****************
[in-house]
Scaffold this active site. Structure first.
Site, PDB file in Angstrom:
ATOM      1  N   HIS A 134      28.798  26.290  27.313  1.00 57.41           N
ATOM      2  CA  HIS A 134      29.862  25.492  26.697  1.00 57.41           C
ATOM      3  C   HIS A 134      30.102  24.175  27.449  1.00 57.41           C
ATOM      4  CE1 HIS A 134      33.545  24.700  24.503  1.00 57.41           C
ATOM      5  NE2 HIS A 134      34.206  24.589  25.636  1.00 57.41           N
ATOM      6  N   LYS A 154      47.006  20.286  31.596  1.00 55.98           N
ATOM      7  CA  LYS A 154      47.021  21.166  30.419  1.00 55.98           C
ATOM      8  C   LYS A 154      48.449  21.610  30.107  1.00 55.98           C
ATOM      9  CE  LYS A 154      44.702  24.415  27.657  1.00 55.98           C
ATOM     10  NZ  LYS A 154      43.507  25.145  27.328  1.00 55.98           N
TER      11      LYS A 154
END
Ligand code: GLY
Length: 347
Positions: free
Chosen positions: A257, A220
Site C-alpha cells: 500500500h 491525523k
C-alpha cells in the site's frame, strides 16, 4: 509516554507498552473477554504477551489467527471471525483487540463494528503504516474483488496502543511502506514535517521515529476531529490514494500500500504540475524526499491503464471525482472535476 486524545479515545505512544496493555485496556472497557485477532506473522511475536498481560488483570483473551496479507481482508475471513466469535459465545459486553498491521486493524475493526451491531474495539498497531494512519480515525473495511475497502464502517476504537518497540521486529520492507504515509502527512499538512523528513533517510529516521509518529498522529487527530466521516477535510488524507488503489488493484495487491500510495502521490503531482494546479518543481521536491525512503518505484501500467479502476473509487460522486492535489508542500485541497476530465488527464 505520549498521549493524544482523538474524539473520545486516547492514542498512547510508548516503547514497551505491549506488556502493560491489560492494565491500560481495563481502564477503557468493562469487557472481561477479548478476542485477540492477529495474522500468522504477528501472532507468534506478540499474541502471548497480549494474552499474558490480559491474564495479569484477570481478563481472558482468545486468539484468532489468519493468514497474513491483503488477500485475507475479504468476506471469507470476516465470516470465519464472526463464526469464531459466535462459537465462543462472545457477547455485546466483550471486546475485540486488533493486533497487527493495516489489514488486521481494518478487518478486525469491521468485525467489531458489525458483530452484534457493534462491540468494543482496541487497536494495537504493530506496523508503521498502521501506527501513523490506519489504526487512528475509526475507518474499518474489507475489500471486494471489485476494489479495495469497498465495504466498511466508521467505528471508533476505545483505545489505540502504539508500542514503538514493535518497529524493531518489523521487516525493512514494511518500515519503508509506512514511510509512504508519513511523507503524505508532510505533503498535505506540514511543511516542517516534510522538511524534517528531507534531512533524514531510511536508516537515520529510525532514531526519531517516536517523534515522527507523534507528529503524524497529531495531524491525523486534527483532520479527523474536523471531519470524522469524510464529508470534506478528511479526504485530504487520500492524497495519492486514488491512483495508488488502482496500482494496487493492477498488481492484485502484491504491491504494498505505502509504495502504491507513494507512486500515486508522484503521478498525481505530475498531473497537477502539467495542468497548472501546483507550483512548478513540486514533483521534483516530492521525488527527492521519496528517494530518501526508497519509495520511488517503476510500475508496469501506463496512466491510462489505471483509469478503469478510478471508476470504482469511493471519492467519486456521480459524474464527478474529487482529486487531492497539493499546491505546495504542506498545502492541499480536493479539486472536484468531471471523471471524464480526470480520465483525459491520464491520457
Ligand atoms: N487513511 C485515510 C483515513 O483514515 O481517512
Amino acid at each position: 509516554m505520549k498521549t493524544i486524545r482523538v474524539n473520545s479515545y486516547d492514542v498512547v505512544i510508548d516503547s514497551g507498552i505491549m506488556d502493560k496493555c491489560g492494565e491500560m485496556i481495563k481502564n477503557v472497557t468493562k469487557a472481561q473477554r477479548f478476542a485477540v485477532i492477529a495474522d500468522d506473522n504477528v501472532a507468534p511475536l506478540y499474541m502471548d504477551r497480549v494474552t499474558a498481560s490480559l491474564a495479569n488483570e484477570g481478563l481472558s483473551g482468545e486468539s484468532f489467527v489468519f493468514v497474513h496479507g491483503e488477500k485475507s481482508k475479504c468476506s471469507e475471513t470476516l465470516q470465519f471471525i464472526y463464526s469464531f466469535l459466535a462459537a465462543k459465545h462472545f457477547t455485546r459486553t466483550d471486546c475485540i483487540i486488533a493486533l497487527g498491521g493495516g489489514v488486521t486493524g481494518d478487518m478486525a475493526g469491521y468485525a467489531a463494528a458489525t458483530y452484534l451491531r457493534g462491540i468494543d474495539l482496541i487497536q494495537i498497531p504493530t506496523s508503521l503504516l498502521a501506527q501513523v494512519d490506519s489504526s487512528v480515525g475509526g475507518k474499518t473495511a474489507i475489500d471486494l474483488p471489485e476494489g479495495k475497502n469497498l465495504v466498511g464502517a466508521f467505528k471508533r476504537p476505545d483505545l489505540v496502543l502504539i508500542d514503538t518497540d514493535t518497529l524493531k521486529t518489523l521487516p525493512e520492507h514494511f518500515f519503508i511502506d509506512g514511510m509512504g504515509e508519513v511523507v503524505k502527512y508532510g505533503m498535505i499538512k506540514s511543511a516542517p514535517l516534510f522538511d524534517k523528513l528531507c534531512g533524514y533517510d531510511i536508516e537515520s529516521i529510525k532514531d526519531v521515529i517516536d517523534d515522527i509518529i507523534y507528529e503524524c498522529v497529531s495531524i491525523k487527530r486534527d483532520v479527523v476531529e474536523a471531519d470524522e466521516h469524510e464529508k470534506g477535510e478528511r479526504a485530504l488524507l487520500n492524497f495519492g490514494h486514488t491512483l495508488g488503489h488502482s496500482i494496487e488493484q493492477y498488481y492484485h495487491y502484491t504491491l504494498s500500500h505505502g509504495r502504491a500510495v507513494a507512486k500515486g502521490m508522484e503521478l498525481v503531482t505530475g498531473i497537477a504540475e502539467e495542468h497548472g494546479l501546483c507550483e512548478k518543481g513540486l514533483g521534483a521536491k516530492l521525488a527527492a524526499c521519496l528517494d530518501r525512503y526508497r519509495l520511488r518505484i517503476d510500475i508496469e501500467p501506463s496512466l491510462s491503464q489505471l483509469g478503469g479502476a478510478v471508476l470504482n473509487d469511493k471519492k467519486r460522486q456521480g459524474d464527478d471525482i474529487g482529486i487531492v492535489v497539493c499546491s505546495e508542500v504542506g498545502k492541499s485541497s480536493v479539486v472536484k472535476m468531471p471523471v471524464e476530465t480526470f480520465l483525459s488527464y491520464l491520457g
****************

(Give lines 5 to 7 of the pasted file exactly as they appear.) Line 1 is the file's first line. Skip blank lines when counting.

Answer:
ATOM      2  CA  HIS A 134      29.862  25.492  26.697  1.00 57.41           C
ATOM      3  C   HIS A 134      30.102  24.175  27.449  1.00 57.41           C
ATOM      4  CE1 HIS A 134      33.545  24.700  24.503  1.00 57.41           C